Figure 1: (a) Preoperative radiograph, (b) working length radiograph and (c) posttreatment radiograph

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Figure 2: CBCT image showing various tomographic views at the middle third root level of #26. (a) Axial view shows single root as well as canal in # 26, (b) cross-sectional view showing the presence of single root and canal, (c) panoramic view again showing the single root and canal in # 26 (also note the missing maxillary lateral incisors and presence of retained deciduous maxillary molar on the right side) and (d) three-dimensional reconstruction image showing the single root throughout the root length

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   Discussion Top

Routine preoperative intraoral periapical radiographs are essential before initiating endodontic treatment due to its usefulness in identifying variations from the normal, thereby influencing the treatment plan. In specific instances, it may be helpful to supplement with periapical radiographs taken at varying horizontal angulations. However, because the radiographs have several inherent shortcomings due to it being a two-dimensional image of a three-dimensional object, erroneous interpretations are very much possible due to the superimposition of multiple anatomic structures questioning its reliability. Recent imaging tools like spiral CT and CBCT have emerged as valuable tools in the field of endodontics due to its accuracy, reliability and three-dimensional imaging capabilities. In CBCT, a cone-shaped beam rotates 360° around the patient to obtain a volume and captures the image in the form of three-dimensional isotropic voxels. These multiple voxels are further combined with the help of viewing software and a 3D image is reconstructed. [9] Its uses in endodontics include identifying dental anatomic variations such as additional roots and/or canals, fused roots, identification of horizontal/vertical fracture line in the tooth root and management of internal and external resorptive defects. [10] Moreover, it helps to avoid overzealous removal of tooth tissue during access preparation and exploration of root canal orifices.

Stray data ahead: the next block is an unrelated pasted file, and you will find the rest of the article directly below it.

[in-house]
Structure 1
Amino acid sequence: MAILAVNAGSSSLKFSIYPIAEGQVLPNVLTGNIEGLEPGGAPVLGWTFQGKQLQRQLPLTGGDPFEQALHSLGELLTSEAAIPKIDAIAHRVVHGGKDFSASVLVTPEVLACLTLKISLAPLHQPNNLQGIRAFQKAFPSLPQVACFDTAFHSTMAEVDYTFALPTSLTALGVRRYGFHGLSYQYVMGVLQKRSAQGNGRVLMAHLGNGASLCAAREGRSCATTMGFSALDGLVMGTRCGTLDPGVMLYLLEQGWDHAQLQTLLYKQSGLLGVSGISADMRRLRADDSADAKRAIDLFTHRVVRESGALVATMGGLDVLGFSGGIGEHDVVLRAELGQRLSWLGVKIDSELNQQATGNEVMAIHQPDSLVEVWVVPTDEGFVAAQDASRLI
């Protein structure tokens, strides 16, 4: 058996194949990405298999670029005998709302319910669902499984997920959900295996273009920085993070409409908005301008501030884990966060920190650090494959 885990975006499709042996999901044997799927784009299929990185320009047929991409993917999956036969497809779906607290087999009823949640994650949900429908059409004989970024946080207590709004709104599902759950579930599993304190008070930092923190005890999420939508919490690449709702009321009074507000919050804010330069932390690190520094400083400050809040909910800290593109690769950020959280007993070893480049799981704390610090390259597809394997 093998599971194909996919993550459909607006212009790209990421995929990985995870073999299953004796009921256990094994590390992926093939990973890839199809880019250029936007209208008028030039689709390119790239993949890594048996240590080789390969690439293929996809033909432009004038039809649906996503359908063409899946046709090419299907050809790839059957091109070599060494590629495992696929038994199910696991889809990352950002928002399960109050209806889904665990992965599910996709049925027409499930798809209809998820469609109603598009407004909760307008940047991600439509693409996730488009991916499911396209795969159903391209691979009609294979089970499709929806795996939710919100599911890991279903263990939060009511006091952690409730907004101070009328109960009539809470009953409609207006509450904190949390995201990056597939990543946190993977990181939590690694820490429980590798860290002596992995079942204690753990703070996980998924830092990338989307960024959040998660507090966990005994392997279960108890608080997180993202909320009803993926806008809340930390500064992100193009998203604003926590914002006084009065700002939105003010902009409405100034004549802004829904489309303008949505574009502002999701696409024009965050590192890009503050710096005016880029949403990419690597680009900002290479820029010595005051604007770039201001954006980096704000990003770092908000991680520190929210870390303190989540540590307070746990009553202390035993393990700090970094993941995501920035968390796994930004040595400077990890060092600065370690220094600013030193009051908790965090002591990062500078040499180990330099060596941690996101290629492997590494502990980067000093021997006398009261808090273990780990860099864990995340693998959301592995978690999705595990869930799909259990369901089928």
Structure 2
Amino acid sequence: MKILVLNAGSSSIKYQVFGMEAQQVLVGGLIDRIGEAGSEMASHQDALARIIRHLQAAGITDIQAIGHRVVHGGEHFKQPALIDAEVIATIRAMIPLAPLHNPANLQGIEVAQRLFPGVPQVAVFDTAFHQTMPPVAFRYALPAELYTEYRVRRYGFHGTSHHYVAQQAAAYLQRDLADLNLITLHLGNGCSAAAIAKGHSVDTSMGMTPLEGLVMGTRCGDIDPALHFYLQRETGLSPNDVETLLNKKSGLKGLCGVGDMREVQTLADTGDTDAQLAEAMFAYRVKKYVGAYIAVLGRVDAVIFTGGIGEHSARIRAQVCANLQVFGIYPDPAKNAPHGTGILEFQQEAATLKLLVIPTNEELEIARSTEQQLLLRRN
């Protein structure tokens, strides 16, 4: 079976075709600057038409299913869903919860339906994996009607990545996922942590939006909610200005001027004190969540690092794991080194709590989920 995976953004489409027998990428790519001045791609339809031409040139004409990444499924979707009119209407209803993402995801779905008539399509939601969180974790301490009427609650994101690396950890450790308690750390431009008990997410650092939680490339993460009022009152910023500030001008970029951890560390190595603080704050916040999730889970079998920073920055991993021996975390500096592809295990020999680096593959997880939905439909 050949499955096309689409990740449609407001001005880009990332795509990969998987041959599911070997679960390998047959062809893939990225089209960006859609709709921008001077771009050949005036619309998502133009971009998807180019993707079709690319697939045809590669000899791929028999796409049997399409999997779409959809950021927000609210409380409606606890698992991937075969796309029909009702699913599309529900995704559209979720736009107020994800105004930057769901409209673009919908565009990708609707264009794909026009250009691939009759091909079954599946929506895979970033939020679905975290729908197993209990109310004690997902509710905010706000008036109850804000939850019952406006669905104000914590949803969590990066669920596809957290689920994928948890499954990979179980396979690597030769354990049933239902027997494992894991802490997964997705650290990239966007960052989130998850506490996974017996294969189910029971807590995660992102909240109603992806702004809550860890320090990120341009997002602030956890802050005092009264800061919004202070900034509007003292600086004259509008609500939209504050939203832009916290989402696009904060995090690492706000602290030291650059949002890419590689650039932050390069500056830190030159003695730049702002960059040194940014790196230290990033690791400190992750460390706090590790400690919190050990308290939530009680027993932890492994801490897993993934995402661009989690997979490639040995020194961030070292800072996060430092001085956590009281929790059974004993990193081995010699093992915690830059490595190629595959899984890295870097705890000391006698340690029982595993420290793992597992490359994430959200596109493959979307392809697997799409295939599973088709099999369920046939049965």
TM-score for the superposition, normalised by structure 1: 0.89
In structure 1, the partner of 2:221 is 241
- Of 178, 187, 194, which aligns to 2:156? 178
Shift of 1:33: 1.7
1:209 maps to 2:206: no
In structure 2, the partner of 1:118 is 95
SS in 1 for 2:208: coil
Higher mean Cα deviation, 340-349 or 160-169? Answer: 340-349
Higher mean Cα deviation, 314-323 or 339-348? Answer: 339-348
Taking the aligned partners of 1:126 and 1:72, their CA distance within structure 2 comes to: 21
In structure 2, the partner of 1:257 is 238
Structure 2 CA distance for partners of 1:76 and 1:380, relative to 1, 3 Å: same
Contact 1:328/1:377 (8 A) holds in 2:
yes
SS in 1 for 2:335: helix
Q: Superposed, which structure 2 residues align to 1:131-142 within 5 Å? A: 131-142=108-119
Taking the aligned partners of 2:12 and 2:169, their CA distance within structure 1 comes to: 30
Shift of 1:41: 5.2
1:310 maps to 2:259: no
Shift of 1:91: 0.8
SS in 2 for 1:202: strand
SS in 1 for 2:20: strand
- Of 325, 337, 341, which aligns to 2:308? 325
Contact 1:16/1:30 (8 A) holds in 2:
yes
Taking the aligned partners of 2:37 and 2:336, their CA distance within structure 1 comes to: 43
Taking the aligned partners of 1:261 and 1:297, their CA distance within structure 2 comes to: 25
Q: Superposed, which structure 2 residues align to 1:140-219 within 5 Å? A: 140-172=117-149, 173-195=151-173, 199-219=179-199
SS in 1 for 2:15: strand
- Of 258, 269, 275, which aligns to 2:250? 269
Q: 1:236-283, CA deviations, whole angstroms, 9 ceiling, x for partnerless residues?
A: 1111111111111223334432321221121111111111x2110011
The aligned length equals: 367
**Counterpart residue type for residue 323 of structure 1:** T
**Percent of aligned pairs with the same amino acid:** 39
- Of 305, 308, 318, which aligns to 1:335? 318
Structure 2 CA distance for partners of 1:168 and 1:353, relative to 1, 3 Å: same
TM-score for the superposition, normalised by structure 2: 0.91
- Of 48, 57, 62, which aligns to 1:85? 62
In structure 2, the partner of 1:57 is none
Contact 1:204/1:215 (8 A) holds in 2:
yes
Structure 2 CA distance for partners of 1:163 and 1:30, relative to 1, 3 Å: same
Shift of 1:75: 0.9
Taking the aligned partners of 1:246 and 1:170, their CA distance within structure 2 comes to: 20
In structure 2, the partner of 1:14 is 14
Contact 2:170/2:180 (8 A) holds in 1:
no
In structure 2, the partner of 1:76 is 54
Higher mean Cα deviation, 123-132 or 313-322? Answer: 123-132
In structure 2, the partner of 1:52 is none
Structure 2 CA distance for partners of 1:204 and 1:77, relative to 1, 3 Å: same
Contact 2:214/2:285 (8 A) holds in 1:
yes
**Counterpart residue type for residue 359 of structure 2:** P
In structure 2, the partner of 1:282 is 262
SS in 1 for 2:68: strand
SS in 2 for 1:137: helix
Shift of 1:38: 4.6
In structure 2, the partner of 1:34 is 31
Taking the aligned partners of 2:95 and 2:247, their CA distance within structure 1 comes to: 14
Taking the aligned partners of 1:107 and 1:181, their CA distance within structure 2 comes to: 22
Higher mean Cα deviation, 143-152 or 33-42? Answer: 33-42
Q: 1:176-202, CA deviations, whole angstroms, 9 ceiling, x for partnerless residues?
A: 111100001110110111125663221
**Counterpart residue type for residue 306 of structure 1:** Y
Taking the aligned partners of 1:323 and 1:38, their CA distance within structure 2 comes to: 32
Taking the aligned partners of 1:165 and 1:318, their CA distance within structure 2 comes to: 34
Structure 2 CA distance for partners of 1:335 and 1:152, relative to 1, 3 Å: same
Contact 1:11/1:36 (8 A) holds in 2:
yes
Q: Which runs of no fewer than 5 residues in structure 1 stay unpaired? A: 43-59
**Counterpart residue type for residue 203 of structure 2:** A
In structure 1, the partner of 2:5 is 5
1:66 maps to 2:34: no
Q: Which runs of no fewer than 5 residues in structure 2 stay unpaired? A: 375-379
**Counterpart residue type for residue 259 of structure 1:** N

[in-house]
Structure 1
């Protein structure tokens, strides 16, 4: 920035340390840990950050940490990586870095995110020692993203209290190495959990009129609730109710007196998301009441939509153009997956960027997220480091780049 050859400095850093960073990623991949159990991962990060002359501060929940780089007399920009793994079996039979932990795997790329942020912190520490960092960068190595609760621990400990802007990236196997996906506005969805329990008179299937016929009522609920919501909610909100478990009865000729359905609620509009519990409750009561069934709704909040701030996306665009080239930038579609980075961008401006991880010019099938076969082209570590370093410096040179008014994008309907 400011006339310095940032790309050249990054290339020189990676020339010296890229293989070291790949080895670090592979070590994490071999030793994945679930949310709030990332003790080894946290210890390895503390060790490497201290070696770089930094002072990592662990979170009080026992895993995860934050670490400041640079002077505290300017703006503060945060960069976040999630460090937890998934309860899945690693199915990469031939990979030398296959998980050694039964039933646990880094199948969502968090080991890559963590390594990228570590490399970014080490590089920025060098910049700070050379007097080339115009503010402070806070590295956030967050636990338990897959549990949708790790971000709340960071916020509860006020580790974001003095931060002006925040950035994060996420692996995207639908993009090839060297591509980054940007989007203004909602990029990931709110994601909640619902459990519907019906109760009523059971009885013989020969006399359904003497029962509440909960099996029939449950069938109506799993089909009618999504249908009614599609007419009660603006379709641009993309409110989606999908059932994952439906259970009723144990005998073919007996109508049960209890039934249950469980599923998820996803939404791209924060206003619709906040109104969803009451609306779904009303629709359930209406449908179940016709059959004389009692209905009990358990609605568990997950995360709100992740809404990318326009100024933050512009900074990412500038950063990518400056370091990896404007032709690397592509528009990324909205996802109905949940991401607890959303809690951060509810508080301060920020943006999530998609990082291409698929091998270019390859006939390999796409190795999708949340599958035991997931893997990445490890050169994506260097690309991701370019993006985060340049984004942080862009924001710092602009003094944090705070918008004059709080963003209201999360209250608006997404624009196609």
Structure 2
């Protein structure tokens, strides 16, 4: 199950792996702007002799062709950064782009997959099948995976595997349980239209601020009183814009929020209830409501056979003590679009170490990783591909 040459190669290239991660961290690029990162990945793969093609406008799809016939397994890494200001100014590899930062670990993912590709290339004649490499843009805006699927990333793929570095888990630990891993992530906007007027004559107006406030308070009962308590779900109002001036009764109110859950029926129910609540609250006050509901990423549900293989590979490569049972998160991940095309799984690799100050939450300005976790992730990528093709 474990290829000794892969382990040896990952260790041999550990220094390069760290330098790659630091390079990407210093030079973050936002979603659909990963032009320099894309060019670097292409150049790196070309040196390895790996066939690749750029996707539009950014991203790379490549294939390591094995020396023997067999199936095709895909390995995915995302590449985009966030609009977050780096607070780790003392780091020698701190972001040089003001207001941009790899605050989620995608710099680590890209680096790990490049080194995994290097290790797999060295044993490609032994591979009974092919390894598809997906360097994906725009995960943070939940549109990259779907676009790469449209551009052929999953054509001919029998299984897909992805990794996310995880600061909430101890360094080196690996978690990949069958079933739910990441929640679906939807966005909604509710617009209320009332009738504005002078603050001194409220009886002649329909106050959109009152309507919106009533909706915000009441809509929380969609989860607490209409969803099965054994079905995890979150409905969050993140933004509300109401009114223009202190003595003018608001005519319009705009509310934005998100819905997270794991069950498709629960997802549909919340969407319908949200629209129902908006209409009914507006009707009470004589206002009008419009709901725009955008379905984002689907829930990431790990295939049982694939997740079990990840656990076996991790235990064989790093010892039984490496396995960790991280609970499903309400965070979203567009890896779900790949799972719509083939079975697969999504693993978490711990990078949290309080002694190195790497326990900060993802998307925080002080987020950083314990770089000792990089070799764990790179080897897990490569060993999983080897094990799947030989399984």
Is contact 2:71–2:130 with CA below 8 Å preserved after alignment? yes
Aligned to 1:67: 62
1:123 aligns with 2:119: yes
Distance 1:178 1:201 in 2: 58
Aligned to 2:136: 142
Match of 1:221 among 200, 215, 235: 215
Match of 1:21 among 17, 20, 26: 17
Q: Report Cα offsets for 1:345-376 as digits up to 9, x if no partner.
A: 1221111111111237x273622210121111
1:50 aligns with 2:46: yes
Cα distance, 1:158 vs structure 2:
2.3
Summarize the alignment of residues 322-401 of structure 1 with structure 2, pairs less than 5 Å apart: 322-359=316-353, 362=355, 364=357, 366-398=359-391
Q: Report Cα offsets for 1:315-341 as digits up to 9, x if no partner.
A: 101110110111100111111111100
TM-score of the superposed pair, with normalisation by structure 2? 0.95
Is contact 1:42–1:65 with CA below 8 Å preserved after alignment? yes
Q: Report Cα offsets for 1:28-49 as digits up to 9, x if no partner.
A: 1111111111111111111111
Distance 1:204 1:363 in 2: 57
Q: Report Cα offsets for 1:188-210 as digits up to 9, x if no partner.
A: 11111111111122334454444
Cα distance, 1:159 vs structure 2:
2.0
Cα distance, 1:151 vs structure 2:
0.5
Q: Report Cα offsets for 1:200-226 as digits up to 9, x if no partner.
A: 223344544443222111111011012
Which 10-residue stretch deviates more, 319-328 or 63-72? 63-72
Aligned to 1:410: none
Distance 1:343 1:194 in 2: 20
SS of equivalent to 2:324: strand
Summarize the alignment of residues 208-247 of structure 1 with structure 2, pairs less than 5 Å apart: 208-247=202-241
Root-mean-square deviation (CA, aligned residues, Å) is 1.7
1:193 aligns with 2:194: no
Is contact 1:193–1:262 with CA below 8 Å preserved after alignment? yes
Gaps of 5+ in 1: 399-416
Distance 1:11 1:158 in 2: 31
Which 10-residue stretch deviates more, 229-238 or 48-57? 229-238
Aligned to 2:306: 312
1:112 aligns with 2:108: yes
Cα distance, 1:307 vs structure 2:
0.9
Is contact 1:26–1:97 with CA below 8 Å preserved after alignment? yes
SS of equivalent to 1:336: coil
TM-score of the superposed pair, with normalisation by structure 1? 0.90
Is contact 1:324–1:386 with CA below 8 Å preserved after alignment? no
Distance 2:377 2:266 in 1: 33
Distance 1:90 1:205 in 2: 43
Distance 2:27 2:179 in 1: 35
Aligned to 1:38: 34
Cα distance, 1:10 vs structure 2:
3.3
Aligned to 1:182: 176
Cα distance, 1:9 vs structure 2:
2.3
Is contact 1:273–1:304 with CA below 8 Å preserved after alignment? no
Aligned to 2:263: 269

Presence of extra canal is more frequent rather than the presence of fused/less number of canals, especially in the cases of permanent maxillary first molars. Immense disparity in the root/root canal morphology of permanent maxillary molars of Indian origin exists as compared with Caucasian and Mongoloid traits, as reported in a computed tomographic research. The variations reported in the population were the presence of single root and canal, two separate roots, two fused roots, three fused roots and four separate roots. [11] Also, the incidence of single root in the maxillary first molar in the Korean population has been found to be 0.25% in a recent computed tomographic research. [12]

In the present case, several possibilities needed to be ruled out. The first possibility was that the bilateral maxillary first molars were congenitally absent and the tooth in question was maxillary second molar. However, the likelihood of this being the case was ruled out considering the positioning of tooth in the arch vis-a-vis the radiographic anatomic landmarks such as the location of the maxillary sinus and the zygomatic arch. Also, axial inclination of the tooth and lack of tilt precluded the possibility of migration of the maxillary second molar into the position of the maxillary first molar.

Detailed analysis of the 3D reconstruction image at the cervical, middle and apical regions of the root excludes the possibility of multiple fused roots due to the lack of external root eminences on the buccal aspect. Moreover, there is absolutely no indication of any pulp canal space other than the one that is well centered within the confines of the root. Thus, it is safe to assume that the tooth in question is definitely maxillary first molar with single root and canal.

To conclude, the present case highlights the need to develop excellent observation skills on the part of the operator to identify any aberrations from the normal within the tooth, possibly with the use of advance imaging techniques, especially in the presence of anomalies in dentition.

   References Top